Some vehicles require additional care when moving. Every wash must devise a list of them and the necessary action to alert all people on the property to the potential danger. Visor clips, steering wheel covers, hazard lights, or horn honks each time a vehicle is moved are some common signals used. Vehicles that warrant extra care include those with modifications common for driver education or handicapped operation, as well as cars with a documented history of sudden acceleration. Regional and national car wash associations are excellent sources for information on makes and models that demand caution when on your property.

The last component of a driver certification program is to make sure it’s treated seriously. It is advised to provide additional compensation or benefit, such as free uniforms, to certified drivers. Equally, managers must fully appreciate that failure to adhere to these procedures can and will result in serious injury.

START IN PARK PROCEDURE

Did you know that most, if not all, unintended acceleration incidents occur when shifting a running car from neutral to drive when exiting the conveyor? Cars with a documented history of unintended acceleration should never be permitted to go through the conveyor with the engine running. At the exit of the conveyor, all special care vehicles should be placed in park with the brake pedal fully depressed and visually verified before starting the engine. Drivers must be trained to watch the tachometer and wait for engine speed to decline after ignition before slowly releasing the brakes and proceeding with caution, hand on the ignition and ready to turn off the engine in the event of unintended acceleration. The parking brake can also be engaged as an additional safety precaution.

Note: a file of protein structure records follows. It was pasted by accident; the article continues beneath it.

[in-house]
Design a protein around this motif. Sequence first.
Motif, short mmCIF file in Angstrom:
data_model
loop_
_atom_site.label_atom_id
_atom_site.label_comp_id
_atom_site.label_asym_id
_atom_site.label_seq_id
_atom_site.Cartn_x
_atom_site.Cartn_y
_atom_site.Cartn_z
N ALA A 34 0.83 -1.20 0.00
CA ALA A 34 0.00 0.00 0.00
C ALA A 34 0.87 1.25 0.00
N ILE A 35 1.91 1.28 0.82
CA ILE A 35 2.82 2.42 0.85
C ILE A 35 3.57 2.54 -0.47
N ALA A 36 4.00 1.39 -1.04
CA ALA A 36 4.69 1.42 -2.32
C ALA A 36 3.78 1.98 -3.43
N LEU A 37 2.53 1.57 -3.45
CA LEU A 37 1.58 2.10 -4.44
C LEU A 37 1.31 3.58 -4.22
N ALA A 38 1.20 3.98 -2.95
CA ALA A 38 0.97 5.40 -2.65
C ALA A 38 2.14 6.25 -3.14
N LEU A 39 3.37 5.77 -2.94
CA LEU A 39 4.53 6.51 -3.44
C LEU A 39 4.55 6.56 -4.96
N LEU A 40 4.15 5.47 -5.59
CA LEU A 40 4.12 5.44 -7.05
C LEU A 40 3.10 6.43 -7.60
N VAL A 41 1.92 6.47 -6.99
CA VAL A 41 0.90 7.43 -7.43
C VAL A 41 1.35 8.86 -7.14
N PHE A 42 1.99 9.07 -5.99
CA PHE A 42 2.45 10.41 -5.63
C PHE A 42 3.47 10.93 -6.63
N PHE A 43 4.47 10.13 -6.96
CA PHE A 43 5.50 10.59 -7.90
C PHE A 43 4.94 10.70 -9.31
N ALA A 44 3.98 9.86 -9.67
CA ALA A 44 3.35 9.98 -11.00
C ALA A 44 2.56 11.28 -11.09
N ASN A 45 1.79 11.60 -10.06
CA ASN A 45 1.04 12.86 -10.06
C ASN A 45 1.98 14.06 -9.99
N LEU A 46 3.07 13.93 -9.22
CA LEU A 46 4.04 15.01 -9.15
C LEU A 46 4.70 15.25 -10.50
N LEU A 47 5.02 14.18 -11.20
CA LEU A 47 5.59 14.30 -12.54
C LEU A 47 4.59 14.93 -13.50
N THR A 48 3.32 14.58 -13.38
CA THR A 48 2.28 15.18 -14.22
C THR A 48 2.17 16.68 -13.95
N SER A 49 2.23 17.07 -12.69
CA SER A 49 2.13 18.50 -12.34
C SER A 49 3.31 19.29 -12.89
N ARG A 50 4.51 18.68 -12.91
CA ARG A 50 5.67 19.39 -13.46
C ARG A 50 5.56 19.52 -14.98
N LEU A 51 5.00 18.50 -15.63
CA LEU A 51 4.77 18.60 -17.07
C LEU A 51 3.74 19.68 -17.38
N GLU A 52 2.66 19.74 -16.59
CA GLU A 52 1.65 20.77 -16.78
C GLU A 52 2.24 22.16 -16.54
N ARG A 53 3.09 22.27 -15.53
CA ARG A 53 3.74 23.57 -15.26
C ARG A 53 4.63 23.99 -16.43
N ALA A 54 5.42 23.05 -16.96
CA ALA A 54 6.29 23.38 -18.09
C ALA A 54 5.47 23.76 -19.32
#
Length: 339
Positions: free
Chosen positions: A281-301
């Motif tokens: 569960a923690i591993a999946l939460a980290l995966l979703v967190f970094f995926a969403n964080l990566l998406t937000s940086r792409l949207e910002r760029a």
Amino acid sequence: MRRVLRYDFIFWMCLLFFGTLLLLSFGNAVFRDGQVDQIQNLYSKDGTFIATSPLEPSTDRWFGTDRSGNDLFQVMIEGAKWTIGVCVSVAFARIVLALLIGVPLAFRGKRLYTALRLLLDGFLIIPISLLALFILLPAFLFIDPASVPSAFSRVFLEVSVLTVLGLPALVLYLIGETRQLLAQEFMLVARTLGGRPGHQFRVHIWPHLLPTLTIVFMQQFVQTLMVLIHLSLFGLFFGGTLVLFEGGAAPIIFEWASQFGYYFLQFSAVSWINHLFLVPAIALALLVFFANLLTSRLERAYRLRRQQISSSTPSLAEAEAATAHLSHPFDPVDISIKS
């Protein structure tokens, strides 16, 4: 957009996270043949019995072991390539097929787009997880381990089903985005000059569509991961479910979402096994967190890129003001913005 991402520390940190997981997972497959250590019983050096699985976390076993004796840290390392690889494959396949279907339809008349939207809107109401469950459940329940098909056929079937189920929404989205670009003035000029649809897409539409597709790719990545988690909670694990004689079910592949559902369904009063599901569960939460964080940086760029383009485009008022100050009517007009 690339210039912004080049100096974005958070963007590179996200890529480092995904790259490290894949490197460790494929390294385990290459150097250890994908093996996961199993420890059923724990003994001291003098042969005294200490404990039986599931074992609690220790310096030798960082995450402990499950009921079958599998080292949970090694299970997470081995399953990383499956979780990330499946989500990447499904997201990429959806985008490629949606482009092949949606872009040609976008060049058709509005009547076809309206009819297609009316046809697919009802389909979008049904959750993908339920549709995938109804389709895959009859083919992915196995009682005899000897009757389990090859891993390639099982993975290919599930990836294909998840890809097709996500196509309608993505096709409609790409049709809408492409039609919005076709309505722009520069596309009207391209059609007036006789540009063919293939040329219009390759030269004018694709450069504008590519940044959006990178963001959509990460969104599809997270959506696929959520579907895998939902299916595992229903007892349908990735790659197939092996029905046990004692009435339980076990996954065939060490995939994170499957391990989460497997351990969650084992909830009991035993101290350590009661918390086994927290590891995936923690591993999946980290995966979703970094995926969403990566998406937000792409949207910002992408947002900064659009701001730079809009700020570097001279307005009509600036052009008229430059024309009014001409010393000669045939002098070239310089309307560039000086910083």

BOLLARDS EQUAL SAFETY

Bollards equal safety.

Bollards are steel pipes embedded into the ground and filled with concrete. Used for years to provide protective barriers around gas pumps, vended vacuums, and building entrances, they can also be used to provide a safe place for attendants to stand at your wash. Flex-serve and express-exterior washes are increasingly installing them on the driver side of the conveyor entrance. Attendants stand safely behind the post as they guide customers onto the conveyor. Full-serve washes are using bollards to provide safer work areas in vacuum lanes, finishing areas, or anywhere cars and people are both moving around. For anyone who reads my column regularly, you’ve probably realized I strongly recommend against any manual vehicle prep. For those who insist on using labor instead of the many available equipment options for this function, bollards can again be used to provide a safe separation between prep attendants and cars entering the conveyor.

Next month, we will take a closer look at safety steps numbers 4 and 5: eliminating unnecessary movement and filling the grid.

Good luck, and good washing.

Anthony Analetto has over 28 years experience in the car wash business and is the president of SONNY’S The Car Wash Factory’s Equipment Division. Before coming to SONNY’S, Anthony was the director of operations for a 74-location national car wash chain. Anthony can be reached at (800) 327-8723 x 104 or at AAnaletto@SonnysDirect.com.